Futon. Saturday , April 14th , 2018 - 23:43:10 PM
Another early futon design patent was filed in 1985 (Patent Number 4642823) assigned to Robert Fireman's Furniture Gallery, Inc. invented by William B. Wiggins. What was interesting about this early take on futon design was the incorporation of arms on the sides of the futon which allowed the seat and back sections to integrate into the arms and allow for operation without having to rearrange the futon. This early design featured two pivoting swing pieces attached from the back rails into the back section. The seat and back sections were connected together using steel pins. What I found most interesting about this design is that it effectively converted the futon from sofa to bed from the front. Once in the bed position additional legs were extended down for support. Additionally a dowel and rod interlocked with the seat and back section to safely lock the two in a horizontal position. This design would be considered a bi-fold by today's standards which means that 2 sections are used to create the seating and sleeping portions of the frame itself.
Our store stopped carrying black metal frames a few years ago for many of the reasons listed above. We decided to shift away from low end products and concentrate on proven well made, quality higher end products. So many people walk through our furniture store and when offered a futon frame as a possible piece of furniture for their home are told by the customer, \"I bought one of those years ago at [insert mass merchant name here] and it was the most uncomfortable frame. It just didn't last very long.\" The experience of owning a black metal frame has turned off a large majority of consumers who would have found happiness and delight in owning solid wood frames made to last. It's really a shame as futons offer great flexibility in being both sofas and sleepers.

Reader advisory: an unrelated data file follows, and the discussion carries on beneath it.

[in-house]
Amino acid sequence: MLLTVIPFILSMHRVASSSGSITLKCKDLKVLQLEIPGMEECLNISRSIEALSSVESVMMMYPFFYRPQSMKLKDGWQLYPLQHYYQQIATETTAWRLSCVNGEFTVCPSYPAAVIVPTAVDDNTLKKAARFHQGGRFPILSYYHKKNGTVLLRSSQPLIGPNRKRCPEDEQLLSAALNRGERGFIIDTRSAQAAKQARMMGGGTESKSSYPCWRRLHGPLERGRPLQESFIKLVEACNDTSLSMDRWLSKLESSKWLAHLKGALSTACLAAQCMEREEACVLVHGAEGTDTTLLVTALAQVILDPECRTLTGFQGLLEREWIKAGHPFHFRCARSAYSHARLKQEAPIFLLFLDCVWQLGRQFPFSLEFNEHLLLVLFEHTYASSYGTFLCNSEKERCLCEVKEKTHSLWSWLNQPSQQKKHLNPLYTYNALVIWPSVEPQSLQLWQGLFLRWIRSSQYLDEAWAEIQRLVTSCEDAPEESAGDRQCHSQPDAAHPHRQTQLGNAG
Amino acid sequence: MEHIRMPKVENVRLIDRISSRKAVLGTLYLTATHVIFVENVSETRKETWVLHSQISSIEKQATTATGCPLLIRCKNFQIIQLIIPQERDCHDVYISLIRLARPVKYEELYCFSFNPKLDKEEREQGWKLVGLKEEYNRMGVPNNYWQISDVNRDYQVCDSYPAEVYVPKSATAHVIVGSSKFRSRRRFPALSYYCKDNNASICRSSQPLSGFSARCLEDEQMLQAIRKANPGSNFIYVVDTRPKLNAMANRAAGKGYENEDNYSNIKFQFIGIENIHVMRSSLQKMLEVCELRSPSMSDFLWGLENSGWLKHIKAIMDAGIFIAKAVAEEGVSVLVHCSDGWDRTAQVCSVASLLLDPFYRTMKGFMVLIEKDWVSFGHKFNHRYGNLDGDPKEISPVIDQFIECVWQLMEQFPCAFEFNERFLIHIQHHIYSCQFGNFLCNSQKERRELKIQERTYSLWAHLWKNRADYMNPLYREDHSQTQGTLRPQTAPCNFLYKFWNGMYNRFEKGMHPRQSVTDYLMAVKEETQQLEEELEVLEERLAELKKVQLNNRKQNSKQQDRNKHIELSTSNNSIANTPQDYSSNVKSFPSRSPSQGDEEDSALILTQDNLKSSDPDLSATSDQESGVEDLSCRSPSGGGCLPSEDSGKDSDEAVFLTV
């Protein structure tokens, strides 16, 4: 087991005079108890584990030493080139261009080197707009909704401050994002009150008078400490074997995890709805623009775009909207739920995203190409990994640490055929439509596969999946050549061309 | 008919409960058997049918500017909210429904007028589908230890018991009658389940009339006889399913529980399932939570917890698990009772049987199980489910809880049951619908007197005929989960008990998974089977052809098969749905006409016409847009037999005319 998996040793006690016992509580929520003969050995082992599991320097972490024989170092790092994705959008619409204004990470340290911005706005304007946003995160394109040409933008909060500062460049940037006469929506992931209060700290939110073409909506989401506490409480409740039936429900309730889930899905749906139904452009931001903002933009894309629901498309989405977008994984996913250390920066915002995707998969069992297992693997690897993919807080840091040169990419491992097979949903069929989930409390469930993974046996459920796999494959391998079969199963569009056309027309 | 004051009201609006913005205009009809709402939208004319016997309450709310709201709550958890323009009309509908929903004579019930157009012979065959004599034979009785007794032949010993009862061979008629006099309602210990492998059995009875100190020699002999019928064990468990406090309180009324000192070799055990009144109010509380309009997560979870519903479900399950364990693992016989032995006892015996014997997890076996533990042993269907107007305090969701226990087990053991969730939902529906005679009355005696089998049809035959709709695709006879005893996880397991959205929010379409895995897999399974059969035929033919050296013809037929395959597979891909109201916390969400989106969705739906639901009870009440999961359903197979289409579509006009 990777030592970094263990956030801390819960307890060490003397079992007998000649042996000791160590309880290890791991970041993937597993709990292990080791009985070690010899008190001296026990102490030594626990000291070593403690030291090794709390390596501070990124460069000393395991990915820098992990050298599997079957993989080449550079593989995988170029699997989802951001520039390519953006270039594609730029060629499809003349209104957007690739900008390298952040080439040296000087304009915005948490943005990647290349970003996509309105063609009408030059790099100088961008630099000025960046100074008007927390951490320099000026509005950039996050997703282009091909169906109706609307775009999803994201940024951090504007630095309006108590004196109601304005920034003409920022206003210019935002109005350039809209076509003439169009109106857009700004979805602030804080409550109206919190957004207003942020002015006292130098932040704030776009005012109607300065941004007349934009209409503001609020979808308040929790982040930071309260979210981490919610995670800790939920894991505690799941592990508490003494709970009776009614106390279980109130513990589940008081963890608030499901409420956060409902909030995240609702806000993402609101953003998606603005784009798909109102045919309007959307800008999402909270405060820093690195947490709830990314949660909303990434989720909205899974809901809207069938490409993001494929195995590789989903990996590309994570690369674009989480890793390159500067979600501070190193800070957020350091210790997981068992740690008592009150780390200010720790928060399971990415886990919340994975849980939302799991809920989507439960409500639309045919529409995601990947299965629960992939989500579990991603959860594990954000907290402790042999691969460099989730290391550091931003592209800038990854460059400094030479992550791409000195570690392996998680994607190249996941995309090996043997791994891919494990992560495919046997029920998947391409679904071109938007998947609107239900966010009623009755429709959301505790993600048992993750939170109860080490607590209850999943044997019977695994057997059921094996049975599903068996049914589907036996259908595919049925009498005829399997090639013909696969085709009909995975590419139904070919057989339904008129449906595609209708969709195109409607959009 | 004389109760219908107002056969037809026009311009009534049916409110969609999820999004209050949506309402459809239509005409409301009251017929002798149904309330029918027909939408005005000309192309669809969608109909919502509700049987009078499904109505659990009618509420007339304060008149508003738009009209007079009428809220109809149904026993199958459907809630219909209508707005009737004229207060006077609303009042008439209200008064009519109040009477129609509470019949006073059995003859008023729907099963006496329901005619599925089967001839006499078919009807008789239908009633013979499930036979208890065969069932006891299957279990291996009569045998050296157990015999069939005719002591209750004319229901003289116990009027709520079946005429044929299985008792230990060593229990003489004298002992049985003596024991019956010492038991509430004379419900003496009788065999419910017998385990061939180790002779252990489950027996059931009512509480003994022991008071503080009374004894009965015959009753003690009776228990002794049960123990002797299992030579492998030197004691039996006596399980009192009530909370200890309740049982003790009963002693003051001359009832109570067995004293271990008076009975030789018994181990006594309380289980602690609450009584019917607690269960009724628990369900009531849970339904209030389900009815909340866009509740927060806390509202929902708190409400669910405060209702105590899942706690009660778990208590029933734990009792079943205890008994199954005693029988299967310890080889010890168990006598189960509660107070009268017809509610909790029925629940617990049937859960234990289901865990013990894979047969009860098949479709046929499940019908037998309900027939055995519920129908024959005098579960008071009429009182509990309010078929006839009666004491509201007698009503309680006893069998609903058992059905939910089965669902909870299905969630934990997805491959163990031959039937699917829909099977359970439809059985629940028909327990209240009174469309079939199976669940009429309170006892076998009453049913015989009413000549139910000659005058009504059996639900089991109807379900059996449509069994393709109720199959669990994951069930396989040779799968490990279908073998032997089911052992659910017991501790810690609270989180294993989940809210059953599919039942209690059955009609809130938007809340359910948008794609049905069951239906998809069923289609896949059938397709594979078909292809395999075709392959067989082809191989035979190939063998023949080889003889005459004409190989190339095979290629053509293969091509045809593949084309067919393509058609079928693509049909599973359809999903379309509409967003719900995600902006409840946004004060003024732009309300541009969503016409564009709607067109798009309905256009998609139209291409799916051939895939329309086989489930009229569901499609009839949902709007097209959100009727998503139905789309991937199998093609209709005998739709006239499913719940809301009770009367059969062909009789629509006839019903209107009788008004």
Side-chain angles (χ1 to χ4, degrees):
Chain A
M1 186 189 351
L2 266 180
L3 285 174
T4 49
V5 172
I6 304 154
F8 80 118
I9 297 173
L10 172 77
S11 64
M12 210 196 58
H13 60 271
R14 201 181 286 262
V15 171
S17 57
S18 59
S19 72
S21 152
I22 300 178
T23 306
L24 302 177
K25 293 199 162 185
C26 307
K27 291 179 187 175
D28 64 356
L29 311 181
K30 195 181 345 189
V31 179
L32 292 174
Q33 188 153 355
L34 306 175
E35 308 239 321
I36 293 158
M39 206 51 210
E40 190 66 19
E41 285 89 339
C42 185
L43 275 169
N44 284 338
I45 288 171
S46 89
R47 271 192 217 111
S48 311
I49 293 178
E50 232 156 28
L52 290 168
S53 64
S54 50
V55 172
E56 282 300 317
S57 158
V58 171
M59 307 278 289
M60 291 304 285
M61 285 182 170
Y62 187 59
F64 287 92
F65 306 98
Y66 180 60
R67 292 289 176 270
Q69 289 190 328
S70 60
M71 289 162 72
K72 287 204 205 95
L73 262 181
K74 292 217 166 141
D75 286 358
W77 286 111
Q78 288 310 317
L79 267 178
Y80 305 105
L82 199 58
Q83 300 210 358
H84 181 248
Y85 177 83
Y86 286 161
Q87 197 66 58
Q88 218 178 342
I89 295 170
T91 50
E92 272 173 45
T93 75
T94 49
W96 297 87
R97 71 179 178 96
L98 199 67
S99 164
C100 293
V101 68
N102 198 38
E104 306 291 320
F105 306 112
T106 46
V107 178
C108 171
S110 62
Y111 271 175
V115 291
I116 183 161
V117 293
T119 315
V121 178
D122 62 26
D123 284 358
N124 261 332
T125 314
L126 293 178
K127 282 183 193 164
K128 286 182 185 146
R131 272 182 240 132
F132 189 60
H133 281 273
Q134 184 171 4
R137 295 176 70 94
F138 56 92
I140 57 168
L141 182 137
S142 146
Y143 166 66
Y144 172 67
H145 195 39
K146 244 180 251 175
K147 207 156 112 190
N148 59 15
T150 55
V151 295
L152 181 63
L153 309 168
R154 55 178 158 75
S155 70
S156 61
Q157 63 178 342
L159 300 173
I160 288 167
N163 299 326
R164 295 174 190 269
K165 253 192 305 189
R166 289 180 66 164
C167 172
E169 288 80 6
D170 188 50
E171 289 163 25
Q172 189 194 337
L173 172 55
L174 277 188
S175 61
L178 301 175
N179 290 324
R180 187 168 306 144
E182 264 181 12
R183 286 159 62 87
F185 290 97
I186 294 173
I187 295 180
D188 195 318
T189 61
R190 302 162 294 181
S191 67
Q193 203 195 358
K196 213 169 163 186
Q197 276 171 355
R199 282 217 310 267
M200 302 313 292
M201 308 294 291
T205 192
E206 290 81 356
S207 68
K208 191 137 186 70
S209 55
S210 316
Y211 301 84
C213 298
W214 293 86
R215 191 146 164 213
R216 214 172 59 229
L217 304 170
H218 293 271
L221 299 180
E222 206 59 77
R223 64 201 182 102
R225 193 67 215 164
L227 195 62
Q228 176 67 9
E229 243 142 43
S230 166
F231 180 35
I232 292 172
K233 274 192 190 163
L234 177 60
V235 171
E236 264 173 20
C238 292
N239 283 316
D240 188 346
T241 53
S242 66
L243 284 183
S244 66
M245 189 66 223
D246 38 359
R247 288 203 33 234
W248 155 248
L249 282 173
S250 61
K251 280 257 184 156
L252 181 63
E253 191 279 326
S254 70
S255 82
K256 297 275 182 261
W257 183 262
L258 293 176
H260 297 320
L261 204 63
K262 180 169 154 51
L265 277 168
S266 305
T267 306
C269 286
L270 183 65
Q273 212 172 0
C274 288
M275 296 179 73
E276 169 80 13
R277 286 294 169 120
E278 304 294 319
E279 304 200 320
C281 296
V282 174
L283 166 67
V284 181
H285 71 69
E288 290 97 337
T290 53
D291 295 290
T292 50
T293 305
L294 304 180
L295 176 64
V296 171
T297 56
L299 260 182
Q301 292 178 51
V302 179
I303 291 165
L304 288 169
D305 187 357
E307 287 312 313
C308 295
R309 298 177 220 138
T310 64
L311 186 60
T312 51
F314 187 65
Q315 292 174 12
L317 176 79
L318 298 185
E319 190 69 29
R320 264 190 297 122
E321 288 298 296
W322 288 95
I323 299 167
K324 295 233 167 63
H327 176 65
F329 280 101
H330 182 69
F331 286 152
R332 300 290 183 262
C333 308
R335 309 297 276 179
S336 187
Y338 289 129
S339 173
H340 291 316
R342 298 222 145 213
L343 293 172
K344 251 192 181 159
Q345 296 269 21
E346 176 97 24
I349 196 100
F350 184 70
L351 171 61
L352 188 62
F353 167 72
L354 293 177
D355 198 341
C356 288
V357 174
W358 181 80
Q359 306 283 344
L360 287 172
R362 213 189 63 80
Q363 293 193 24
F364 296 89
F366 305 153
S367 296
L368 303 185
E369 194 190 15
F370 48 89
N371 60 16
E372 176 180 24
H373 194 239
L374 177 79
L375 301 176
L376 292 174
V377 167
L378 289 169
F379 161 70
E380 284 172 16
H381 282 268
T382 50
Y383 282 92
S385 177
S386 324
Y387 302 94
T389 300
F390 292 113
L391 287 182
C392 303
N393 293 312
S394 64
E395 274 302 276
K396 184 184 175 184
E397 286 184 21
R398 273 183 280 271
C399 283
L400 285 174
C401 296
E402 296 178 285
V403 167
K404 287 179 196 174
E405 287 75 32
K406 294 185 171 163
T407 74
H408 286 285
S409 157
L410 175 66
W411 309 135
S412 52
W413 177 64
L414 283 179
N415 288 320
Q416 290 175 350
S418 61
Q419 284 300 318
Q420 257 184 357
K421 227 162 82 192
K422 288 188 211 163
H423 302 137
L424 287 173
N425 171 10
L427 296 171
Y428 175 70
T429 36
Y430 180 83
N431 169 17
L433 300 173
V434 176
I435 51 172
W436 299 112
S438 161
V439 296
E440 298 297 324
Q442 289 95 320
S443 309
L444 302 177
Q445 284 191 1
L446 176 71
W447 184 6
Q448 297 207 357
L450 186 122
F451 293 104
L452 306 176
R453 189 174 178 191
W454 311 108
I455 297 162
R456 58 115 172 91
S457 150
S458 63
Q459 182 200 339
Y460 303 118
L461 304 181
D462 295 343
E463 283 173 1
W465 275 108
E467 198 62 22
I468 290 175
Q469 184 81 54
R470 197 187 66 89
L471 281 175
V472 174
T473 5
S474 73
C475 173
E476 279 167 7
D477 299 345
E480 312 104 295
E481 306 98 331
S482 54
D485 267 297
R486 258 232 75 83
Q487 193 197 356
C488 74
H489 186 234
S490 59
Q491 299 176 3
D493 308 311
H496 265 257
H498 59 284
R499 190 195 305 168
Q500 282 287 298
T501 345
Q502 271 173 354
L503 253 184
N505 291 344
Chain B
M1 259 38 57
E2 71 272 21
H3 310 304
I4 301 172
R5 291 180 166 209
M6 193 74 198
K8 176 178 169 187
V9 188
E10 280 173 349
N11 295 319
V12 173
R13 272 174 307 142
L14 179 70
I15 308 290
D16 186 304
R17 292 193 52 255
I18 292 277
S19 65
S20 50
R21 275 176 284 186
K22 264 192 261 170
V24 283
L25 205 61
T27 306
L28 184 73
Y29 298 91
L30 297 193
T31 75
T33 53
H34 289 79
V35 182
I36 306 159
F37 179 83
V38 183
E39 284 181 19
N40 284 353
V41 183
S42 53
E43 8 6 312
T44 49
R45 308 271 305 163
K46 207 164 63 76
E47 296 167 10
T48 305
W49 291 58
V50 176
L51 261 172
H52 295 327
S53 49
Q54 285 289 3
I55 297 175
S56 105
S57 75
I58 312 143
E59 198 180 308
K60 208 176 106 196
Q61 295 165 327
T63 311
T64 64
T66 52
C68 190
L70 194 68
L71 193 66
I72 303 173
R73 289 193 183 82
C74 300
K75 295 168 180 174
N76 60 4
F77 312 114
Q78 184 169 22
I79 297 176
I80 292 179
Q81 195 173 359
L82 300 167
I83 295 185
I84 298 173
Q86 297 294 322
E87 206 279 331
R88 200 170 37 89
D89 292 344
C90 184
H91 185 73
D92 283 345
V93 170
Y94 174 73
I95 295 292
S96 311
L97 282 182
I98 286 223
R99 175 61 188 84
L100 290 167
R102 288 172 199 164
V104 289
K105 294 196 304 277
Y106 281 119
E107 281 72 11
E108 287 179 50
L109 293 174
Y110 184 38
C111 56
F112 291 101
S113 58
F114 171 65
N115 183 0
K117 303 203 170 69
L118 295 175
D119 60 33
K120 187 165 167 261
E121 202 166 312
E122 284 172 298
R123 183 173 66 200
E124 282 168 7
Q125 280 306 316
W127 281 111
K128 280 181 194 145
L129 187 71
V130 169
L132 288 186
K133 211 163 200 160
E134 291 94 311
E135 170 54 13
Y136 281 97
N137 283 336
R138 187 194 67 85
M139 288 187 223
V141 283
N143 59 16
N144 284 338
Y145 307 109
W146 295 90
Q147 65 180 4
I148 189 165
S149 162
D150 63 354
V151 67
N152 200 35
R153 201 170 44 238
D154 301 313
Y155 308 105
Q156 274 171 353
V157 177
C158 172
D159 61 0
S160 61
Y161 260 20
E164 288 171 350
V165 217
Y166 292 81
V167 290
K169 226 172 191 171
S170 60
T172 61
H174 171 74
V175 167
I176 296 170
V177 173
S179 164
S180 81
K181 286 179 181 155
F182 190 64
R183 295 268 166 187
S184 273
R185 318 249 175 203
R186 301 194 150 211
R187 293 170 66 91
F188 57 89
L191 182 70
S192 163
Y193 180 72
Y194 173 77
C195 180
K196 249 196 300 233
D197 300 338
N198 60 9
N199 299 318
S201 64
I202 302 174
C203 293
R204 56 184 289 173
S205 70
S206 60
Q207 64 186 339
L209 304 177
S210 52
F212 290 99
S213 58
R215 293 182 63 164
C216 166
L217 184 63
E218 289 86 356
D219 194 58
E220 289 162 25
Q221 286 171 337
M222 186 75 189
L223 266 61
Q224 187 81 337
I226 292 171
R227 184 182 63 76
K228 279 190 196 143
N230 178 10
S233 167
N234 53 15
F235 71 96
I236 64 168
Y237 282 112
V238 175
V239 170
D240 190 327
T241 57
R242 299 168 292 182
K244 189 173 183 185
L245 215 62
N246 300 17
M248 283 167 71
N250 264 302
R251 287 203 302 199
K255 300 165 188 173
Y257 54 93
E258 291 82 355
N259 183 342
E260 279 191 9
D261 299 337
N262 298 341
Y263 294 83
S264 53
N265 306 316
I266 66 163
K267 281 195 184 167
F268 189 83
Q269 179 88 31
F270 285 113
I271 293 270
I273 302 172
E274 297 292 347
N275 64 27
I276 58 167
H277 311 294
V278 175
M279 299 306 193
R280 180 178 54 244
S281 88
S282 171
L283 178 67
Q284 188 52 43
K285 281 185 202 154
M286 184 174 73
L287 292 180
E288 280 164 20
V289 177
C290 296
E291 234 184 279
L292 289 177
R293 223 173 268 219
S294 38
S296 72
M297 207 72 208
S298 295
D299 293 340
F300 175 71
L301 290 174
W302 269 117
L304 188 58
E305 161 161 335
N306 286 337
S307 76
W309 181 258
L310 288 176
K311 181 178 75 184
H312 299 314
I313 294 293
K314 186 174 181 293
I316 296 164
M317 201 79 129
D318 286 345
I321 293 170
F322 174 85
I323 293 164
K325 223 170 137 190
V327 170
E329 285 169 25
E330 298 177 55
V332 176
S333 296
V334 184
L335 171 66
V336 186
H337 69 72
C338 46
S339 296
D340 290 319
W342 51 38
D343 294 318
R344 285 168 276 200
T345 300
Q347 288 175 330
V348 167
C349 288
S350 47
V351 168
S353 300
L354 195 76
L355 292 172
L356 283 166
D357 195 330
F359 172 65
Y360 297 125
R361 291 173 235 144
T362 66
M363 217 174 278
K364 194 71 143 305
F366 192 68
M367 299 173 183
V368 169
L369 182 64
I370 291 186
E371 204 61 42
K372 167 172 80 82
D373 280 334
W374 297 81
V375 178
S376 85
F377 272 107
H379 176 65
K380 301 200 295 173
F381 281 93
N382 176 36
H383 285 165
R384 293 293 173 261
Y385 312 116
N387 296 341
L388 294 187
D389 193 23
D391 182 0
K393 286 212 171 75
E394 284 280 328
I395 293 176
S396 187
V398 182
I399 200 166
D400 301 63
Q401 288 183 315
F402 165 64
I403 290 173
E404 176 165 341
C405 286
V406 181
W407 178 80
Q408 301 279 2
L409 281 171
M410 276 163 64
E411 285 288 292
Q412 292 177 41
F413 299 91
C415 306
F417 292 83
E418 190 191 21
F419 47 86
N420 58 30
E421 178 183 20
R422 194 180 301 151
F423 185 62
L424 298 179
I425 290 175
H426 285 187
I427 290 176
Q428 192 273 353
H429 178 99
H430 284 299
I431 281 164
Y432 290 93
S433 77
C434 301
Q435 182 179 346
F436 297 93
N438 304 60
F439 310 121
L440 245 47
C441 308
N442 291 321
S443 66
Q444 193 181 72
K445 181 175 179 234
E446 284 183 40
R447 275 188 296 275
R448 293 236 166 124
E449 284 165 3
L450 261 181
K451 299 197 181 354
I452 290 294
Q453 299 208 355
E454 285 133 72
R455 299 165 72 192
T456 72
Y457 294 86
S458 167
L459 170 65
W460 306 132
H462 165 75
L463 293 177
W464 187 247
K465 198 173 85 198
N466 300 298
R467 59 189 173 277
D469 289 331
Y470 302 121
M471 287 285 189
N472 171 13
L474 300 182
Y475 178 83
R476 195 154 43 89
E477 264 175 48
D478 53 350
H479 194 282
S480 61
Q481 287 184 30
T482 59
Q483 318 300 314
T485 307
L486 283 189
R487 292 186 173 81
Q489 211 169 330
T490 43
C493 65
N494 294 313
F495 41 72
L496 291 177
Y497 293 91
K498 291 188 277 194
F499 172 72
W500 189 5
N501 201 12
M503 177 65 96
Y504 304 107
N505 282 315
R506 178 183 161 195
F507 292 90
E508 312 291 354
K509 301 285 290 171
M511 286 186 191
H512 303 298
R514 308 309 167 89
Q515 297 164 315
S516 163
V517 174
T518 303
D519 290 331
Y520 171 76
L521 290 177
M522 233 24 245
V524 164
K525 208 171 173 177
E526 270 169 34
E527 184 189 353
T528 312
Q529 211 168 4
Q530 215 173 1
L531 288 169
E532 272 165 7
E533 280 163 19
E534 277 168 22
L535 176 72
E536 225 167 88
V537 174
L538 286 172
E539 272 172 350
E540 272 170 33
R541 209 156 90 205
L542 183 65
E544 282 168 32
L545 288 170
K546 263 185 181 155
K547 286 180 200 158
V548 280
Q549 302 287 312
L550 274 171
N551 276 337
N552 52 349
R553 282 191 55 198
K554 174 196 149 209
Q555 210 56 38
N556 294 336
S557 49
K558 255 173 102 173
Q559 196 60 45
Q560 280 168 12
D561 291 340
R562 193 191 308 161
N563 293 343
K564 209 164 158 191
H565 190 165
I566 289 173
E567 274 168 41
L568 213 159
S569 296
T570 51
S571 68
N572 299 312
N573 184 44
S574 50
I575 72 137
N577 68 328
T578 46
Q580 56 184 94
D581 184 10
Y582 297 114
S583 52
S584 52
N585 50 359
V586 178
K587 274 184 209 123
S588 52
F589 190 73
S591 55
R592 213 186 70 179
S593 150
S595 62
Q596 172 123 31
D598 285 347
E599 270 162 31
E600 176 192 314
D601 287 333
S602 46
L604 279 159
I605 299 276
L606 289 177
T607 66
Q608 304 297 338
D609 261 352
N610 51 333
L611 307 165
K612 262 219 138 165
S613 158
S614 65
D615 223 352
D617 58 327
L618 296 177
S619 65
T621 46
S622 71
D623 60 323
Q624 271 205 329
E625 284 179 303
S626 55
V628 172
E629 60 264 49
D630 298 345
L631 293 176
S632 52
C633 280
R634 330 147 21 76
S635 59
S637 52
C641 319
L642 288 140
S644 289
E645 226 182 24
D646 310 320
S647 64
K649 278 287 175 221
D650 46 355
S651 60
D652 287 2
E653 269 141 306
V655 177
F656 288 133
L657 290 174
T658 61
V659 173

A good quality finger jointed cross rail might be just as strong as a solid cross rail in many ways, it still accepts a downward pressure that can force poor quality joints to loosen. Experience shows that a solid continuous hardware cross rail is less likely to break than a segmented one. If the futon you are considering buying has segmented stretcher rails, ask the dealer to explain the history of that manufacturer's products with this system. Ask if a cross rail does fail, what the dealer's policy is about replacement. Although, most dealers generally will not pay for shipping, they should at least offer the replacement part for free with in the span of the warranty.
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